One of the books I’m reading next is for Yuletide so I’m not going to list it but I’m looking forward to it. Yuletide is a wonderful fanfiction exchange that’s tied to small fandoms and is a major part of my holiday season. I love writing for other people and how Yuletide always ends up stretching my sense of what I think I can write. I also have the newest Jonathan Stroud Lockwood and Company book to read, which should be fun and creepy. The Rehoboth Film Festival is coming up next week, so far this year I’m not seeing a huge amount of films, I know there will be one or two that really stick with me.

2 Comments

Filed under ALA, book thoughts, goals and career, online life

Crossing the streams: using lessons from fandom to talk about digital life

Crossing the streams is an expression that I first heard in fandom, which means when two fandoms intersect in a way that you didn’t expect. An example of it from my work this year was when due to some odd light, there was a strange shadow under one of the library tables. Many of my students are Doctor Who fans and immediately thought of Silence in the Library, an episode where extra shadows appear in a planetwide library and signal enemies. When I got the reference, the students were amazed and then loved it as we all tried to figure out what was going on with the shadow. We never did but it was a powerful moment of the world of fandom becoming part of the life of the library.

This is a fairly simple example and a nice one, where my knowledge of Doctor Who became another way for me to understand what was going on with my students. In terms of their lives online, it becomes complicated but I think is no less important.

Two of the main concerns I see brought up when educators talk about life online are safety and creation and consumption. The worry is that young people are consuming too much online and not creating enough, that the internet is too passive. This will make them not as thoughtful about information online or what they post online. I think these are important concerns and have an idea of how to approach them.

I think crossing the streams and using the understanding of how young people are creating and posting their work online as well as how they live online can be a way to help teach them about issues of safety and copyright. What’s key about this idea is to make certain that its coming from a place of understanding and in a safe environment for the students.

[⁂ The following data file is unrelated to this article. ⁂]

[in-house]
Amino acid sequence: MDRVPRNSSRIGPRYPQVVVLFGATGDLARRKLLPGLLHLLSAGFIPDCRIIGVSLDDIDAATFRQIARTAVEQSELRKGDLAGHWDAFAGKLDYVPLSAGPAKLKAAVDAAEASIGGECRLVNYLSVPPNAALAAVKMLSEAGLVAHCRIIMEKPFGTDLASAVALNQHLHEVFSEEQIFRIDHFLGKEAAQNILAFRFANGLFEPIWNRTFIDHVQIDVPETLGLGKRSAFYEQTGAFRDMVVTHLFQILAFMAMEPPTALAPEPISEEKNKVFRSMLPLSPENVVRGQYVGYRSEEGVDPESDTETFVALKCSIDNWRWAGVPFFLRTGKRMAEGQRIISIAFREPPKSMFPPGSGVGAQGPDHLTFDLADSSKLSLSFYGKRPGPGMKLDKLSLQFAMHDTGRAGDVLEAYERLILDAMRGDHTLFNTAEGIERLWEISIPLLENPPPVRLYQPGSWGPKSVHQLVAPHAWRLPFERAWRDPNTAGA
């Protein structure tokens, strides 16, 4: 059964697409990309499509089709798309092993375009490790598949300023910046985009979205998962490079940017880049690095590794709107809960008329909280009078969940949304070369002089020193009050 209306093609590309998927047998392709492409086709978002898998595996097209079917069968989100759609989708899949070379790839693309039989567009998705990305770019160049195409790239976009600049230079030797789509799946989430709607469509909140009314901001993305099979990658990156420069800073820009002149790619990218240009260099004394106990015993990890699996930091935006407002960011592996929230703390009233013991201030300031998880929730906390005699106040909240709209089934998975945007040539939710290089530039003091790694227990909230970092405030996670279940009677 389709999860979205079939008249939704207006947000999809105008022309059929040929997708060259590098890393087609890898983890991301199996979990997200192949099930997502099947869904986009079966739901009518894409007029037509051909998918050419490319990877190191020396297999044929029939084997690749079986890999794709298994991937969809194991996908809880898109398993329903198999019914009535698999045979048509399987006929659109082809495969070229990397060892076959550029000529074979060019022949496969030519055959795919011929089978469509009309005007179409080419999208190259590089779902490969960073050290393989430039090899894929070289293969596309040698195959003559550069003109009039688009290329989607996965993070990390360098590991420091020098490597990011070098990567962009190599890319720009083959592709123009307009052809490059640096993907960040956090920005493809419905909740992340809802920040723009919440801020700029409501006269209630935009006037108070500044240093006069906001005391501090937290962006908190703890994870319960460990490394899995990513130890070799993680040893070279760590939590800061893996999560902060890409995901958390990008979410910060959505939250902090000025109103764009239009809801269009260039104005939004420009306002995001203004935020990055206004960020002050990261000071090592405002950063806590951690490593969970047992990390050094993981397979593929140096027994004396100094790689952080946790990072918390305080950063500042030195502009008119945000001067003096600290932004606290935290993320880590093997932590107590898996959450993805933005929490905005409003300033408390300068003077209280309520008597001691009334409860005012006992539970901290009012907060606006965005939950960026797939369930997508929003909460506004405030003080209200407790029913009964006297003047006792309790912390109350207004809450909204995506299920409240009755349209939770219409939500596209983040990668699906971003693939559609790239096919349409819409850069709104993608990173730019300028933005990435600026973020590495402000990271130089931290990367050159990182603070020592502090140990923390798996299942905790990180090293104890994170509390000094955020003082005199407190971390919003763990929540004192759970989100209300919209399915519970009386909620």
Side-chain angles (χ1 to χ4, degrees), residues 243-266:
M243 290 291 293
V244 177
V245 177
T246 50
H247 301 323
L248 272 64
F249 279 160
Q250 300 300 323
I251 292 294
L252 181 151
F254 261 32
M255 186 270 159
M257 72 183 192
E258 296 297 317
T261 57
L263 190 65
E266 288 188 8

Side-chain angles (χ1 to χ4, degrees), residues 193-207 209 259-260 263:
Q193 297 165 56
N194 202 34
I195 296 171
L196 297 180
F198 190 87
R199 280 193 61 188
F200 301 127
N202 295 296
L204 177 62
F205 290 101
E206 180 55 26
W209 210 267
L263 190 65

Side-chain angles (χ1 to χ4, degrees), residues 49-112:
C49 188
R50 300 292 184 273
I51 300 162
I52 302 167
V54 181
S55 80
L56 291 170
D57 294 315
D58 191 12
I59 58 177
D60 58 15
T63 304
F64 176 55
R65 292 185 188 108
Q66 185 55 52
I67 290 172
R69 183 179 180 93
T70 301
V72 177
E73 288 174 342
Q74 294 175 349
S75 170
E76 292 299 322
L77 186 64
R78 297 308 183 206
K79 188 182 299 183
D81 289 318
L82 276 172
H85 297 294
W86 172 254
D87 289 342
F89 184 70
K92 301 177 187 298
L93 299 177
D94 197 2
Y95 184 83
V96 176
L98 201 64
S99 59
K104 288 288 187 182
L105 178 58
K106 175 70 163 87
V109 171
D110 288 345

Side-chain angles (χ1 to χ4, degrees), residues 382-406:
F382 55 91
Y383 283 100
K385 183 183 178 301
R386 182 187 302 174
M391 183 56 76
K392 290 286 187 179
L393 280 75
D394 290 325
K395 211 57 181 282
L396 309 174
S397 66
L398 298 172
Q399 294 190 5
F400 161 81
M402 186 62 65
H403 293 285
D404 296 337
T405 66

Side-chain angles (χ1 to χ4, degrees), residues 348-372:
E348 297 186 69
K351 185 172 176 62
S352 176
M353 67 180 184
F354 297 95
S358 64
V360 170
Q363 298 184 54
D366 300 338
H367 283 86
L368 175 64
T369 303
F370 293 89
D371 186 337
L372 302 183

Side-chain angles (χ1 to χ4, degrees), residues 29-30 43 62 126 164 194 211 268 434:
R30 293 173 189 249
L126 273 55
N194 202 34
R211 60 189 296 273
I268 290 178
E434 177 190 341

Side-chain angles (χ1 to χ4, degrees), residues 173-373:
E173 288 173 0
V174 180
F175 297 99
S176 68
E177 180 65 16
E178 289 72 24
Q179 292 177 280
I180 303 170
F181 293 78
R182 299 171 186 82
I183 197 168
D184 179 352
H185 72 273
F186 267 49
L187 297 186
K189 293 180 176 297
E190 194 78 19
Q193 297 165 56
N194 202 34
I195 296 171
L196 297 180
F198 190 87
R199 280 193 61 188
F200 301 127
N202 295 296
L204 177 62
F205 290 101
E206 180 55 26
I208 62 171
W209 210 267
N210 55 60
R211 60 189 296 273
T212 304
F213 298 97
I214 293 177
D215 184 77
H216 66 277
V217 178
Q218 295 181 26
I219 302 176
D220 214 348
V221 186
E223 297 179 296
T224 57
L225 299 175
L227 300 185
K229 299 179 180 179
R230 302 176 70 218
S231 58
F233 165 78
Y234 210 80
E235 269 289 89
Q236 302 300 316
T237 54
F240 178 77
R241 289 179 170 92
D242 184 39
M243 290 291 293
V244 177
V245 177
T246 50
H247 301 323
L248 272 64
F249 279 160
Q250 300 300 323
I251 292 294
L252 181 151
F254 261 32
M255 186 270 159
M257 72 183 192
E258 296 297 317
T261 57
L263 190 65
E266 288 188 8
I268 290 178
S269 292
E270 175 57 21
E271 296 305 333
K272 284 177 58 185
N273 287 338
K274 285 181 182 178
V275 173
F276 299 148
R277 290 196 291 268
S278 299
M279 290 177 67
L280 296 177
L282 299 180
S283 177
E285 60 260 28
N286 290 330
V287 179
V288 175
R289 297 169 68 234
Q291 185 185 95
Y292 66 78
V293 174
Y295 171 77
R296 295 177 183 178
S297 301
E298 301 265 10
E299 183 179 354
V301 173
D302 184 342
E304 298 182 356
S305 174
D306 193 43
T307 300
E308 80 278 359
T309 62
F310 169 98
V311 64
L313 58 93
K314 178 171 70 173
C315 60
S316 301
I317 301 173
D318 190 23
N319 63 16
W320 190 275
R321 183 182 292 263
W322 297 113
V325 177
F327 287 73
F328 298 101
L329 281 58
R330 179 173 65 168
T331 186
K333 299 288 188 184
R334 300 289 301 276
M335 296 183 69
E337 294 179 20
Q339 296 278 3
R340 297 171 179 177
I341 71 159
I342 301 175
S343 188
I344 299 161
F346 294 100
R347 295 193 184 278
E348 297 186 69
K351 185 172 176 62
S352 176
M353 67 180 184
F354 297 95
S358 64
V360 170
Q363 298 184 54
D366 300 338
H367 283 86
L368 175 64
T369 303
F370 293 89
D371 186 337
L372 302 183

Since high school, I’ve been involved in fandom and friendships online and have seen platforms change plus how those platforms are used. I know that I don’t consider myself an expert, there are parts of the online world that students will know better than I will. Yet I’m older and have more experience in terms of what will work and what won’t in a greater sense of the world. I learned this year when I was talking with students, observing them and trying to help them make good decisions that one of the best ways to begin was to listen. When you’re a teenager and an adult takes the time to listen to you and respect your opinion and understanding of what you’re doing, that’s powerful. Libraries are a space where there isn’t as clear a hierarchy between young people and adults, which means they’re a good place to have these sorts of conversations. These are risky conversations because much of what’s shared online and explored isn’t easy, teenagers are using fandom to explore their desires as well as their dislikes. I know I would have to begin any of these classes with an important disclaimer that what’s shared is what’s chosen to be shared or else no one will feel comfortable. Once that safe space has been created, then its possible to look into the mechanics of sharing and creation and consumption online. Since its important to realize that young people are going to not choose to share everything with all adults but talking with them about choices and giving them ways to think about them will help.

I wish these thoughts were more complete but I don’t think there are any right answers. Instead its important to get these discussions going and make certain that they spread from those living online to those who don’t understand what’s online.

Leave a comment

Filed under online life, roeper reflections, Uncategorized